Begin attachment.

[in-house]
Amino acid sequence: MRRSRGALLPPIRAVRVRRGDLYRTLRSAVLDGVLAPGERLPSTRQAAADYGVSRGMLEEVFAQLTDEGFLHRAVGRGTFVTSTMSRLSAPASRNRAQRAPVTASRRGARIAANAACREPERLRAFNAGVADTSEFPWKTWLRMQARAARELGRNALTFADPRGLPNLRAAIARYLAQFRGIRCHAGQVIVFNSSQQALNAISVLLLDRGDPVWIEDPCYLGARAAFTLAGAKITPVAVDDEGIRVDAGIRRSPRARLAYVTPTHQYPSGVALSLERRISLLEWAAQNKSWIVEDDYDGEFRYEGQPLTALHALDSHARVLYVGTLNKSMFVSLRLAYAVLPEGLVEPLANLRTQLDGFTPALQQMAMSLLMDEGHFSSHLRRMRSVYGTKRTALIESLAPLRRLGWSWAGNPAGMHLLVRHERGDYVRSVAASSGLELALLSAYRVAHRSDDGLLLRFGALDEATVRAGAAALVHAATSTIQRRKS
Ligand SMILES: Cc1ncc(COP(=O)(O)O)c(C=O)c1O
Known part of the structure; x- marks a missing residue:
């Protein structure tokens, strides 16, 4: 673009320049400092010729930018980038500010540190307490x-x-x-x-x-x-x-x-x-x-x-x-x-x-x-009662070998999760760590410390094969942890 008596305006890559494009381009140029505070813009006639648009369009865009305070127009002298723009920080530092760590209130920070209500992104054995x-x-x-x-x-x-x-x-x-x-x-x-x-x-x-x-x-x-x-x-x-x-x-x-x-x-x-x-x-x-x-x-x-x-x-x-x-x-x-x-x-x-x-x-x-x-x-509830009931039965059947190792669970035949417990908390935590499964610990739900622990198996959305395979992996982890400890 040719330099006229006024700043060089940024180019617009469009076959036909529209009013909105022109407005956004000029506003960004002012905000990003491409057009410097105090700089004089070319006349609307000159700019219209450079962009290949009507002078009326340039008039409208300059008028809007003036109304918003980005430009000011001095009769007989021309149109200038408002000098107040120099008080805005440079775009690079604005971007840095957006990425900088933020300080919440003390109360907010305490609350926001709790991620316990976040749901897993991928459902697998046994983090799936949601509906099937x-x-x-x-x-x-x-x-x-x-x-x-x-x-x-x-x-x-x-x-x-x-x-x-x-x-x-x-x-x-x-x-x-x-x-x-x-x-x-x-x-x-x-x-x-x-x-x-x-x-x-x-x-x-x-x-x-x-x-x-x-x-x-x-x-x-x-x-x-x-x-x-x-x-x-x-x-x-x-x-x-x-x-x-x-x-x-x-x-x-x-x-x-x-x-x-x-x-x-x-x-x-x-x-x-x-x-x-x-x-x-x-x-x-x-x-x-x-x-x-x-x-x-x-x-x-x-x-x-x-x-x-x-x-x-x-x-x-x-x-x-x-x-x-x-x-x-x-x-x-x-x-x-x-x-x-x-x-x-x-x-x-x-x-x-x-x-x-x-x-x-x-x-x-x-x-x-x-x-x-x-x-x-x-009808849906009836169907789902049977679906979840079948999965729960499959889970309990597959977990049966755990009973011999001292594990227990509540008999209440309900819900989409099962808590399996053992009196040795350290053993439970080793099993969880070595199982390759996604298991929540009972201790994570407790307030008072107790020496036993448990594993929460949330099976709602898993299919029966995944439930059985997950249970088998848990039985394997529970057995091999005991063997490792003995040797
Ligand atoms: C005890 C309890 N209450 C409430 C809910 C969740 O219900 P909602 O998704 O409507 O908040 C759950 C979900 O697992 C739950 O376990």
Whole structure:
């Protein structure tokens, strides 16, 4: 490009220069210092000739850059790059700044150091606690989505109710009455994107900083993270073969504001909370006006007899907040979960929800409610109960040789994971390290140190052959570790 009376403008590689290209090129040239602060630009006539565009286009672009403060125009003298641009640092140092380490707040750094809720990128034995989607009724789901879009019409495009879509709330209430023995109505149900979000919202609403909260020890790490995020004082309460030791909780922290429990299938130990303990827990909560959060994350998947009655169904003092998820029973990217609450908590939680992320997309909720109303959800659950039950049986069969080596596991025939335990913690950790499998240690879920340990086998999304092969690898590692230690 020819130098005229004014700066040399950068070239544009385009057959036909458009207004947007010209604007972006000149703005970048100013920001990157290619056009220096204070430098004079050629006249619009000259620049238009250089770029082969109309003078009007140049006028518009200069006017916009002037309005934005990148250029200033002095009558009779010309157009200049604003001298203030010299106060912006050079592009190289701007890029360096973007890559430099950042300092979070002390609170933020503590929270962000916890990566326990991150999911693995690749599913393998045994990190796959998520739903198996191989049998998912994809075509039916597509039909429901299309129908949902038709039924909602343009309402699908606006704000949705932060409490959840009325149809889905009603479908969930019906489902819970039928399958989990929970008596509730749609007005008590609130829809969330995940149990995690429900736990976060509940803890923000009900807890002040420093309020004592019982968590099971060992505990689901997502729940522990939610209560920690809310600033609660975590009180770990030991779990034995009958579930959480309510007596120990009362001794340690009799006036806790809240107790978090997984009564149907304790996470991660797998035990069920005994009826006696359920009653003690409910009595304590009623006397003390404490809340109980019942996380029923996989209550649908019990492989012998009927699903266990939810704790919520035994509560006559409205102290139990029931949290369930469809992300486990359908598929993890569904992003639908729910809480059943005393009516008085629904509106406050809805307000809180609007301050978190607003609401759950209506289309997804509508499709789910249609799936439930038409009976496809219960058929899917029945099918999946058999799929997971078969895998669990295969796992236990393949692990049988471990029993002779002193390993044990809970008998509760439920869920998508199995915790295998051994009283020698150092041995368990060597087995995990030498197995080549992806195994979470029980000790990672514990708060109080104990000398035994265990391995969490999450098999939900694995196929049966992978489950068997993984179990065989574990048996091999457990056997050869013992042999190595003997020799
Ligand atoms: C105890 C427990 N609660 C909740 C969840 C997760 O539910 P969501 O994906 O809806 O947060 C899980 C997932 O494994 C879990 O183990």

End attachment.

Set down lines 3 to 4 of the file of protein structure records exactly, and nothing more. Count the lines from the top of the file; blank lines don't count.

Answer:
Ligand SMILES: Cc1ncc(COP(=O)(O)O)c(C=O)c1O
Known part of the structure; x- marks a missing residue: